MSN, NP-C, IFMCP
Cynthia Culp is a Certified Functional Medicine Practitioner of the Institute of Functional Medicine. She is board certified by the American Academy of Nurse Practitioners as a Family Nurse Practitioner in Eagle, Idaho. Cynthia has over 30 years of health care experience and is committed to providing quality individualized health care to her patients and their families. She focuses on prevention and motivates her patients to take an active role in managing their health care.
Cynthia completed the Master of Science in Nursing (MSN) and Family Nurse Practitioner (FNP) degree at Gonzaga University in 1997. She successfully completed all IFM Certification requirements and is an Institute for Functional Medicine Certified Practitioner (IFMCP).
For more information on functional medicine go to The Institute of Functional Medicine.
Kara DeLacy is board certified by the American Academy of Nurse Practitioners as a Family Nurse Practitioner in Eagle, Idaho. She is currently accepting new patients for primary care.
Kara graduated with honors from Washington State University with her Masters in Nursing and Family Nurse Practitioner degree (FNP). Kara volunteered her time in various community service programs while attending graduate school at Washington State University. She was the recipient of the Washington State Humanitarian Service Award. She is a Boise native and enjoys outdoor activities with her dog, Luna.
Jeremey Cureton is board certified by the Academy of Nurse Practitoners as a Family Practice Nurse Practitioner. He is currently accepting new patients for primary care.
Jeremey graduated from Gonzaga University with his Masters of Science in Nursing as a Family Nurse Practitioner. Jeremey grew up in Idaho and loves camping, fishing, skiing, hiking and many other outdoor activities. Jeremey enjoys making a connection with his patient’s working together to aid the patient in taking an active role in managing their health.
What Is A Nurse Practitioner?
How Nurse Practitioners differ from Medical Physicians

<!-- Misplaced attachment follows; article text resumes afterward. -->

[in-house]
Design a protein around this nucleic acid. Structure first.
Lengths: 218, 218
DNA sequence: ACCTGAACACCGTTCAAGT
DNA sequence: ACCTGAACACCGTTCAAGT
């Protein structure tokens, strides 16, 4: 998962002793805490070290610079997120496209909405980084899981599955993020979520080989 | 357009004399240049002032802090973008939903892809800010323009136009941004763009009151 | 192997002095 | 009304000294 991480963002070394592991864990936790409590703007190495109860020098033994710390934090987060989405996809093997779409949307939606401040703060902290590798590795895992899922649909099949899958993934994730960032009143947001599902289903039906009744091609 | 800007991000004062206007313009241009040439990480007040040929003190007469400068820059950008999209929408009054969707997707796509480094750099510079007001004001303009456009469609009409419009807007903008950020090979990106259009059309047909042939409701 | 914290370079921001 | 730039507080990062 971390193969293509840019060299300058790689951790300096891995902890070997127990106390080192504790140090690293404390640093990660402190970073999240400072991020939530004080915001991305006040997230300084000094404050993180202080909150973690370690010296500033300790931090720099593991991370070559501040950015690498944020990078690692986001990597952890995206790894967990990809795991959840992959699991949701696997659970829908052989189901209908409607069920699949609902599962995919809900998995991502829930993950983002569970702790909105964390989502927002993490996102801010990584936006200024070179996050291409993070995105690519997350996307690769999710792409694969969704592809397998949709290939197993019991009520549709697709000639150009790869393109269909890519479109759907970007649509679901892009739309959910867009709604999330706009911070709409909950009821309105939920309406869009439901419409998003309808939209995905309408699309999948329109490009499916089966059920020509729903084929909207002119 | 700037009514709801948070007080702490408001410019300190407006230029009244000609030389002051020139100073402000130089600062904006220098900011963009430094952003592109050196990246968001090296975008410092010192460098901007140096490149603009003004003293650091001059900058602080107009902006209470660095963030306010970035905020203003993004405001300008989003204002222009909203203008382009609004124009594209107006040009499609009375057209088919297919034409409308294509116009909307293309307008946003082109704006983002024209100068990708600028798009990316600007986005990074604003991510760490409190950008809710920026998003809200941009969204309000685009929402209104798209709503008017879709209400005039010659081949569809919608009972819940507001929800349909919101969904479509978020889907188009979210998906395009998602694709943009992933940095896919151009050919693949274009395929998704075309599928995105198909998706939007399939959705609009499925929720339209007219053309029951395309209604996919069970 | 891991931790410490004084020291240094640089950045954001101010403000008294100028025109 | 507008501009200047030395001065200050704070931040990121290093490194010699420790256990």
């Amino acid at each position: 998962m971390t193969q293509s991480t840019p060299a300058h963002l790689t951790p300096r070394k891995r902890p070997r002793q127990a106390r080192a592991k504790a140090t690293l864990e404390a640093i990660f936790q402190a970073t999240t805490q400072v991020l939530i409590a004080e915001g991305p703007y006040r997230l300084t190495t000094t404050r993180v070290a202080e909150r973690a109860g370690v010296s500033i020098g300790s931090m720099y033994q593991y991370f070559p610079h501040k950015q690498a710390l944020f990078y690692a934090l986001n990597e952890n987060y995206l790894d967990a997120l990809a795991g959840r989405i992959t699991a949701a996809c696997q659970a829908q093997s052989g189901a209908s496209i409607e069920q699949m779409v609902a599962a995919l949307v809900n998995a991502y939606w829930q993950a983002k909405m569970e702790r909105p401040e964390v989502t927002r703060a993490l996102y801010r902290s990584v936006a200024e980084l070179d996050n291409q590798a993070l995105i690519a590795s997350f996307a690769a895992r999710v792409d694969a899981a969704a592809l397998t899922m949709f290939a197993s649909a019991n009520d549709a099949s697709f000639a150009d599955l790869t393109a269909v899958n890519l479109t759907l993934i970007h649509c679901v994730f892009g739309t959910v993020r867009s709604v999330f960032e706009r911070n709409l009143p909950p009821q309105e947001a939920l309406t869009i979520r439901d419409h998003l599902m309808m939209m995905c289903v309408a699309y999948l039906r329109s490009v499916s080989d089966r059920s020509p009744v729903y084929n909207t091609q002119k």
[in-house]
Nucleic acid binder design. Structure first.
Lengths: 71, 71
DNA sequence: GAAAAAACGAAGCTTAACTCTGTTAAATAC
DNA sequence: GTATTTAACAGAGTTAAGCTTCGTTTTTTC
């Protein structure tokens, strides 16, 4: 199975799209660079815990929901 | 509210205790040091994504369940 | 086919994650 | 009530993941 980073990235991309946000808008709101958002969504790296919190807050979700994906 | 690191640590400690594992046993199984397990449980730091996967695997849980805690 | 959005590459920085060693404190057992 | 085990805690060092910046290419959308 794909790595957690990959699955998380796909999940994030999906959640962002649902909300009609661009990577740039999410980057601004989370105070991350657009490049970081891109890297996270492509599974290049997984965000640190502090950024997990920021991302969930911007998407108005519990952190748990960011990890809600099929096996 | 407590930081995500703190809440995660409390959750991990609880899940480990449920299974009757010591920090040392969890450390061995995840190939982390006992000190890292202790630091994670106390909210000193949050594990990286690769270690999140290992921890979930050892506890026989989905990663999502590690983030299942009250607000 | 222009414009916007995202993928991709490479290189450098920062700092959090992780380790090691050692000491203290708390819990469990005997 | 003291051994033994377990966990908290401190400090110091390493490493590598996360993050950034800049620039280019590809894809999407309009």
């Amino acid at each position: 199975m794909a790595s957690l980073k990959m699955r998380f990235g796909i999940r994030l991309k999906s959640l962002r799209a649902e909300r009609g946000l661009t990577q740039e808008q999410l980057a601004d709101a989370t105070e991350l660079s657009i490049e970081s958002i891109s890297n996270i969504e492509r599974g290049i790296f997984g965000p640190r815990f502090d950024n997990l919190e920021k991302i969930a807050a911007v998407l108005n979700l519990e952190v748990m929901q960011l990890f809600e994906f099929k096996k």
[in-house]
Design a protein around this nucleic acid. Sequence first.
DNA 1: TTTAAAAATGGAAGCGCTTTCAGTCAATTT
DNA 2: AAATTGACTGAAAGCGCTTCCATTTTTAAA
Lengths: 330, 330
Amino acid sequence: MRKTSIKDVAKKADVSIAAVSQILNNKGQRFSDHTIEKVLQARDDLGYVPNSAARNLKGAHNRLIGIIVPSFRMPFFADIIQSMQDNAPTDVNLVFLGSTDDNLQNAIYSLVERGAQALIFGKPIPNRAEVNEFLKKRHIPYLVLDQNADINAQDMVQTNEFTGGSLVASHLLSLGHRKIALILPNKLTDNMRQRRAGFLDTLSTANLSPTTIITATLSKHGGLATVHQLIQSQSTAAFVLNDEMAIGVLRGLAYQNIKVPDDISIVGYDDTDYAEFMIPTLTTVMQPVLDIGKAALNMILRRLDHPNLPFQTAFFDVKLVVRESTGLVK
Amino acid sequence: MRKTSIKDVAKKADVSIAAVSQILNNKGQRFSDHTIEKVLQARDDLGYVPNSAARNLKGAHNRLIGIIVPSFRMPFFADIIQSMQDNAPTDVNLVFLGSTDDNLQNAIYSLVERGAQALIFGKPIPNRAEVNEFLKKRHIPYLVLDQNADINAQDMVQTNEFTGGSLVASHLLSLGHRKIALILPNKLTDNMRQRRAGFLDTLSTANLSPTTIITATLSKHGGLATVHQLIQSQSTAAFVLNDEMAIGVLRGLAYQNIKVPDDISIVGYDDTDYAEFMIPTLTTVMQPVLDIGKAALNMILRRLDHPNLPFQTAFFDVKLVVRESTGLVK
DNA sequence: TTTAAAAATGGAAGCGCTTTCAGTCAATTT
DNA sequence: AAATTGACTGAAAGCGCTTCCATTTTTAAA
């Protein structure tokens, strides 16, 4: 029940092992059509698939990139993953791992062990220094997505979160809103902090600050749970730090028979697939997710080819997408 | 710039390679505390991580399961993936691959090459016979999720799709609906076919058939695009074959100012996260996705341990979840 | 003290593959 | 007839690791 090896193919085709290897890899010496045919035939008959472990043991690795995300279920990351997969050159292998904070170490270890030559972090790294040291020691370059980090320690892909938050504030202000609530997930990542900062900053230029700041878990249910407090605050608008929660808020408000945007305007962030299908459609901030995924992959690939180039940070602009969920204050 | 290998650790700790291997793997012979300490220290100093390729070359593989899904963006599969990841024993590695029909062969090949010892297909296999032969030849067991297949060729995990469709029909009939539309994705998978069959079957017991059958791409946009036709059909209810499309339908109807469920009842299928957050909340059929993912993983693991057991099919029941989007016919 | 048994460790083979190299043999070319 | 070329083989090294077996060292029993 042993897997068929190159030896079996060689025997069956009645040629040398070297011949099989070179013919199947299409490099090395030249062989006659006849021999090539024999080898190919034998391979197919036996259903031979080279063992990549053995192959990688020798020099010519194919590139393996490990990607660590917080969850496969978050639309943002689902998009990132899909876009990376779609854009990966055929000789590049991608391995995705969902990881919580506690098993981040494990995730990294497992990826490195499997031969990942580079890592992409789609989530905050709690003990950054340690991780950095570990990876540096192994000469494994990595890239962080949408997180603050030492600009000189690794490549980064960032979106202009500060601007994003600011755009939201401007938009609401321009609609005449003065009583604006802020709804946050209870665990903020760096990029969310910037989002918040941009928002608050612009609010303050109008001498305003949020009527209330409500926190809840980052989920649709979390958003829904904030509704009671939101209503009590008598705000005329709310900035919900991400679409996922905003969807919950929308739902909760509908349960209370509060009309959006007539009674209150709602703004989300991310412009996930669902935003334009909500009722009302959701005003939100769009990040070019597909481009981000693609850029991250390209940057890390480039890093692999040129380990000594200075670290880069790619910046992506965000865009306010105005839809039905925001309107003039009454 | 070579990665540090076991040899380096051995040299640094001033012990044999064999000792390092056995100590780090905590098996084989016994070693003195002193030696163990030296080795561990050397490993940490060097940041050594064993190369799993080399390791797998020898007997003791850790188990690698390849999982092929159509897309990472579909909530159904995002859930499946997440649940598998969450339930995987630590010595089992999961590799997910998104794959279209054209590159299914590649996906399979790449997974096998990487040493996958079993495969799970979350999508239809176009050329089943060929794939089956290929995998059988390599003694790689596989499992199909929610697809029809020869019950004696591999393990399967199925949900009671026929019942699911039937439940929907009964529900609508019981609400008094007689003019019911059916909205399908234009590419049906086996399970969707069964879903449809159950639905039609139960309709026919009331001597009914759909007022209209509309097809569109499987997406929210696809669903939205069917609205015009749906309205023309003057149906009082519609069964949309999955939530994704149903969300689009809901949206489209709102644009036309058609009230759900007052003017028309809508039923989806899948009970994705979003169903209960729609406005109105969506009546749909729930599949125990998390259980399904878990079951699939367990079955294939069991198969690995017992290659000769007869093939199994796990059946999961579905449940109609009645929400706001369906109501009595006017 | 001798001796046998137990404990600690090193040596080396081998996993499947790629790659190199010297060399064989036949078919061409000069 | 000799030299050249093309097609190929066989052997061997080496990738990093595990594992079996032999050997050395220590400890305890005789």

One unique aspect of Nurse Practitioners is their holistic approach to treating patients. Nurse Practitioners focus on each patient’s entire well being, taking the time to educate their patients and share information on how their health issues will positively and negatively affect not only their body, but how it may impact their loved ones as well.
The license held by a nurse practitioner allows them to practice independently. Nurse practitioners provide a variety of services which include conducting complete medical examinations, diagnosing and treating acute and chronic health problems, ordering diagnostic imaging tests, laboratory tests to assist in making a diagnosis, and prescribing and managing medications. They have received advanced education in nutrition and its’ impact on disease states, and chronic illness.
Like most medical providers, nurse practitioners accept most insurance, and many practices will take all insurances. Through education and focusing on changing lifestyles, nurse practitioners want to help patients have few health issues to manage.
In addition to their Bachelor’s Degrees, nurse practitioners hold an advanced graduate or Master’s Degree and are licensed by their respective professional organizations. Nurse Practitioners are board certified in their specialty area and are held to a standard of practice within their state of practice.
Nurse Practitioner Education & Training
A nurse practitioner (NP) is a registered nurse (RN) who has completed advanced education (a minimum of a master’s degree) and training in the diagnosis and management of common medical conditions, including chronic illnesses. Nurse practitioners provide a broad range of health care services. They provide some of the same care provided by physicians and maintain close working relationships with physicians. An NP can serve as a patient’s primary health care provider.
Nurse practitioners see patients of all ages. The core philosophy of the field is individualized care. Nurse practitioners focus on patients’ conditions as well as the effects of illness on the lives of the patients and their families. NPs make prevention, wellness, and patient education priorities. This can mean fewer prescriptions and less expensive treatments. Informing patients about their health care and encouraging them to participate in decisions are central to the care provided by NPs.